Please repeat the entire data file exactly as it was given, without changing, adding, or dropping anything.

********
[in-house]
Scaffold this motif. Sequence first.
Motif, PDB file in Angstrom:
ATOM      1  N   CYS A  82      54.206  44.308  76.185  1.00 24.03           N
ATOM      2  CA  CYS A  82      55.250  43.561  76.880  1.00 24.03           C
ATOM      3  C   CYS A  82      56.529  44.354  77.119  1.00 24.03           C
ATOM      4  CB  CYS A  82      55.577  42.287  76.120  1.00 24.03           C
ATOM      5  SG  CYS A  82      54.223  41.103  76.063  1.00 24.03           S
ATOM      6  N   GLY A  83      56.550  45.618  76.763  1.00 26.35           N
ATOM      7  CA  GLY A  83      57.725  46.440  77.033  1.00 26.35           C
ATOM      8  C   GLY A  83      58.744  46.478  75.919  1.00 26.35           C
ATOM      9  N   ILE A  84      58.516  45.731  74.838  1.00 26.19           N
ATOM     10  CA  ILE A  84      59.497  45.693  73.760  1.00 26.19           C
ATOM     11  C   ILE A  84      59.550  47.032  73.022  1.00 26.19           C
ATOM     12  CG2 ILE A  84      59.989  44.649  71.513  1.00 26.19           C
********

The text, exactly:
[in-house]
Scaffold this motif. Sequence first.
Motif, PDB file in Angstrom:
ATOM      1  N   CYS A  82      54.206  44.308  76.185  1.00 24.03           N
ATOM      2  CA  CYS A  82      55.250  43.561  76.880  1.00 24.03           C
ATOM      3  C   CYS A  82      56.529  44.354  77.119  1.00 24.03           C
ATOM      4  CB  CYS A  82      55.577  42.287  76.120  1.00 24.03           C
ATOM      5  SG  CYS A  82      54.223  41.103  76.063  1.00 24.03           S
ATOM      6  N   GLY A  83      56.550  45.618  76.763  1.00 26.35           N
ATOM      7  CA  GLY A  83      57.725  46.440  77.033  1.00 26.35           C
ATOM      8  C   GLY A  83      58.744  46.478  75.919  1.00 26.35           C
ATOM      9  N   ILE A  84      58.516  45.731  74.838  1.00 26.19           N
ATOM     10  CA  ILE A  84      59.497  45.693  73.760  1.00 26.19           C
ATOM     11  C   ILE A  84      59.550  47.032  73.022  1.00 26.19           C
ATOM     12  CG2 ILE A  84      59.989  44.649  71.513  1.00 26.19           C